The day to day responsibilities of being a university professor and administrator don’t ever seem to provide enough time to do the kind of deep work that contributes in a meaningful way to the discipline and my research and teaching goals. Having the chance to remove other distractions and get together with colleagues to explore the boundaries of teaching and learning entrepreneurship at the Go Deep Program was a gift that has continued to provide great benefits.
Purpose and welcome message
The USASBE Teaching and Learning Scholars Program is designed for USASBE members to help enhance the learning experiences of their students and entrepreneurs – both in their classrooms and in their co-curricular contexts.
It’s an eight-month intensive professional development experience through which educators will design, implement, test, and publish (in a form appropriate to their goals) an innovative and new-to-them project that’ll move the needle at their school in some way related to a significant student learning experience.
A welcome message from our Faculty Director and VP Pedagogy and Learning, Alex Bruton, PhD
Throughout the program, educators will share their own teaching and learning experience and the outcomes of their work with other educators. They will be challenged to build and share the evidence required to be certified by a group of peers as a USASBE Teaching and Learning Scholar in one of the program streams outlined below.
This program aims to build the next generation of global leaders in teaching and learning for entrepreneurship, and to nurture a thriving community of educators who can together foster significant learning experiences for learners.
Most of us do our professional educational development at annual conferences, at custom workshops, through online courses, and, in balance, on our own time.
Then we go back to our home institutions and do our best to implement what we learned – while we catch up on the work we missed while we were away, or in the short gaps between semesters or projects.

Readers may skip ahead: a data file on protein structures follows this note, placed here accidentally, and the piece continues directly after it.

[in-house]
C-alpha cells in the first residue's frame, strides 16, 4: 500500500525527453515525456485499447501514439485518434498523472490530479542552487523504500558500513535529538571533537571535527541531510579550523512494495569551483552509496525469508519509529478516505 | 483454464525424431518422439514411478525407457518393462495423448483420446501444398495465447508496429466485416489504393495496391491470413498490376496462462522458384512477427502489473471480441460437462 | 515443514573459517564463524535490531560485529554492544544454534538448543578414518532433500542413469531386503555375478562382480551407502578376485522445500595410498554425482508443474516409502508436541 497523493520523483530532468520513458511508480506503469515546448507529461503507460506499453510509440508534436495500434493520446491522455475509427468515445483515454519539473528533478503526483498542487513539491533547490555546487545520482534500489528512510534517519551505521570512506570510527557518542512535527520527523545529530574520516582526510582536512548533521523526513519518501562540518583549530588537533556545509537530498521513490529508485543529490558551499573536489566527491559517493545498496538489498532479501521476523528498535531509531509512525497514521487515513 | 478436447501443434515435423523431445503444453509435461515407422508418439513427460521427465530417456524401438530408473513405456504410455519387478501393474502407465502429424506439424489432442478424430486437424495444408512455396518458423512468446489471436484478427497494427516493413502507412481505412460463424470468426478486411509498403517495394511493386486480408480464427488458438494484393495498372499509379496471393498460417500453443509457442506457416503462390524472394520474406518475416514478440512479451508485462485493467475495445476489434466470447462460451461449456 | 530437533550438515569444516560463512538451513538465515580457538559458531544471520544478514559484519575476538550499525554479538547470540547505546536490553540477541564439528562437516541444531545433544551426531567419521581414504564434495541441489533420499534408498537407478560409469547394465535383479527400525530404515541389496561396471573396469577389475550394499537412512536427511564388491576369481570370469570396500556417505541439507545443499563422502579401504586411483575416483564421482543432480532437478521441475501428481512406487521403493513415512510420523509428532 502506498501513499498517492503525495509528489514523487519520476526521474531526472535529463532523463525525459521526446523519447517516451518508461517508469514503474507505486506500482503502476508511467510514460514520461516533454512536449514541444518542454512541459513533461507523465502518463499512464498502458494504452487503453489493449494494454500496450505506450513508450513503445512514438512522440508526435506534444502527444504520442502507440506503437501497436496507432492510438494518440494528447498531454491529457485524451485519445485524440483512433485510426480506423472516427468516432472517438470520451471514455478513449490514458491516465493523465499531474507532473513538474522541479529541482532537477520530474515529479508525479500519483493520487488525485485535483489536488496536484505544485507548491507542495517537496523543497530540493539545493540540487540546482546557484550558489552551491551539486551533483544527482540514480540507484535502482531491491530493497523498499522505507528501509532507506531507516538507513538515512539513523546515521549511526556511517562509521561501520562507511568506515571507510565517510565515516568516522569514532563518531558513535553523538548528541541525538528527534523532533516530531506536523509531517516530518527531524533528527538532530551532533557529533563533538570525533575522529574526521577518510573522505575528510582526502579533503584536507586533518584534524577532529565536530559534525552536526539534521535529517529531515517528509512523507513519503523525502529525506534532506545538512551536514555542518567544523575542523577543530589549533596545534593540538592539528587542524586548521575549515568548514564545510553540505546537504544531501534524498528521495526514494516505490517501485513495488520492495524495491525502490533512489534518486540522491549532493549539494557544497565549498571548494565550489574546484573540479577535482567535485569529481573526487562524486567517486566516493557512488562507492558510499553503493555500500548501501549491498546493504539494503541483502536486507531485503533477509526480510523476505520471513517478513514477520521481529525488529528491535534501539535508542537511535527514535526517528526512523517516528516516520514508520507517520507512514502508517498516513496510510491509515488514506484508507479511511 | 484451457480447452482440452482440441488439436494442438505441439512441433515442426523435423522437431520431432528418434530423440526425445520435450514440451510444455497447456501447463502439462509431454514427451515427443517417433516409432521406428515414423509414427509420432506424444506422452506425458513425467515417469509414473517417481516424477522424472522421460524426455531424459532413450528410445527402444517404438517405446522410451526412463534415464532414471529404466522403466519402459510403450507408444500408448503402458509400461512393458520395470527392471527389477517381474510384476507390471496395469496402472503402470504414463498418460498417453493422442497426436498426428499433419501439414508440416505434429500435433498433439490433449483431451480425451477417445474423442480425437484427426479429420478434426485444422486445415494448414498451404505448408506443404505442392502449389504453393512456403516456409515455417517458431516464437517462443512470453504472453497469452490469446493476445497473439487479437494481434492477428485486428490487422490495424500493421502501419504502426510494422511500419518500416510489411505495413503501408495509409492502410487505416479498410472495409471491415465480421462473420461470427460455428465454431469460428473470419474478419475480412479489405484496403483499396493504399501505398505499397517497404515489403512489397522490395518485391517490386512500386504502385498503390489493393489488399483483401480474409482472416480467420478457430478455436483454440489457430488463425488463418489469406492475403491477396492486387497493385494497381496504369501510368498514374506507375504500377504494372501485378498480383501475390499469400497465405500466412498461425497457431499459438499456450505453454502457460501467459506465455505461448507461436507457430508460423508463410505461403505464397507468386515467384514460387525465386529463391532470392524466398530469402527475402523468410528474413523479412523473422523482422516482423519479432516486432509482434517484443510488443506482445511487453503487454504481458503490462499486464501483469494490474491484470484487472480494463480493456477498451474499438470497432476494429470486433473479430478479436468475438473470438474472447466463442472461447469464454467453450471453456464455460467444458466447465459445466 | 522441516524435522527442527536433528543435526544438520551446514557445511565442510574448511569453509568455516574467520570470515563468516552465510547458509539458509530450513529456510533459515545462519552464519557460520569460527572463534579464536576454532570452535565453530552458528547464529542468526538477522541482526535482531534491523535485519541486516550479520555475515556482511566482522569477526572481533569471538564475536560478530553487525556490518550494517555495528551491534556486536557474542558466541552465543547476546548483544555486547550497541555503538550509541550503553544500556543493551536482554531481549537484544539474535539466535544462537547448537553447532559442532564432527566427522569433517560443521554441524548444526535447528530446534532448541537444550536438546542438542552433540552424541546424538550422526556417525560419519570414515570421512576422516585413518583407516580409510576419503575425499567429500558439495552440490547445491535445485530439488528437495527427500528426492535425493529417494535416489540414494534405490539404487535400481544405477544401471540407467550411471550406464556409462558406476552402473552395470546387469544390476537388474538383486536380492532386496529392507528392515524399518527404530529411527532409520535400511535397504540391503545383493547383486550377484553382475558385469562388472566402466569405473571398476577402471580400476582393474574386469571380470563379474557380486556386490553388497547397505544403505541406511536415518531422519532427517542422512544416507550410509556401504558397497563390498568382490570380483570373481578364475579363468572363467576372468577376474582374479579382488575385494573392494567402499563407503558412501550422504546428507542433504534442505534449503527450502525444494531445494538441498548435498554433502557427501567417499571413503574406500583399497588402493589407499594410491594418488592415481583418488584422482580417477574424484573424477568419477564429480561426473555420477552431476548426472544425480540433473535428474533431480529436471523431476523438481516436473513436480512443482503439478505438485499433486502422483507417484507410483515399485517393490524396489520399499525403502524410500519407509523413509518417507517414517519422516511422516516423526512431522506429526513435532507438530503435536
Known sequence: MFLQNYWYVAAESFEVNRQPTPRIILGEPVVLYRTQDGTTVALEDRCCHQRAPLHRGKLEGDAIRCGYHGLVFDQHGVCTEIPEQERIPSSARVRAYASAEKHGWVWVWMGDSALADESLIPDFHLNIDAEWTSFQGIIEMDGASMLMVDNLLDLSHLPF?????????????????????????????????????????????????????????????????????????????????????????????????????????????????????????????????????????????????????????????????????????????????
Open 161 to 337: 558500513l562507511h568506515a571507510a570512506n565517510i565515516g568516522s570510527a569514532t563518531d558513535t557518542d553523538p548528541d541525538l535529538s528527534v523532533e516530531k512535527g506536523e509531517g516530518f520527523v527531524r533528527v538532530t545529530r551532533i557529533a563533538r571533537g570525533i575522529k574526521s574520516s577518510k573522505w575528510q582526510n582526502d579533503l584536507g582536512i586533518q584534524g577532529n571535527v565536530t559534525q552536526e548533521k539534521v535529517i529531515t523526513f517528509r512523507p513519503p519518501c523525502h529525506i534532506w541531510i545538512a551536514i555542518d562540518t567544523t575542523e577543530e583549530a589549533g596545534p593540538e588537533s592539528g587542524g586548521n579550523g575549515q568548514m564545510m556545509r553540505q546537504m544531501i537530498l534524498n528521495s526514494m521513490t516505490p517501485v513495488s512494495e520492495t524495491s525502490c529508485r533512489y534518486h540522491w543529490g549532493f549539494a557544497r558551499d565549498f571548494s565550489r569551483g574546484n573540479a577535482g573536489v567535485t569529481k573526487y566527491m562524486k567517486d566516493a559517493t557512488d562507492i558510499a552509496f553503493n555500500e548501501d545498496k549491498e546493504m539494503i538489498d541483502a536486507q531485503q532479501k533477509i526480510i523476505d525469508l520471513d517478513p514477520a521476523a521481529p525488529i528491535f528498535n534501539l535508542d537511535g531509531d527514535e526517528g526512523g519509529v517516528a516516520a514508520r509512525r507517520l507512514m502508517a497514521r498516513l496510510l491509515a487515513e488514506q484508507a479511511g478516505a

None of this is easy in the time and on the budgets we have.
We invite you to consider trying a complementary way of doing things.
In response to the needs of teachers and program developers in this context, the USASBE Entrepreneurship Teaching and Learning Scholars Program helps educators deeply explore areas of importance or passionate interest, design and implement significant curricular and co-curricular changes, and answer significant questions about learning through related scholarly inquiry projects.
All with the ongoing support of a so-called “mastermind group”, a broader team of program Scholars, and expert facilitators.
Fundamentally, it’s a program for driving and supporting change – for getting the work done and making it happen. It’s designed to foster leading teachers and teaching faculty who are committed to designing innovative curricular and co-curricular change initiatives.
It’s for the development of cutting edge entrepreneurship and innovation education – in your own context.
And its new redesign ensures that it’s going to be at a whole new level this year!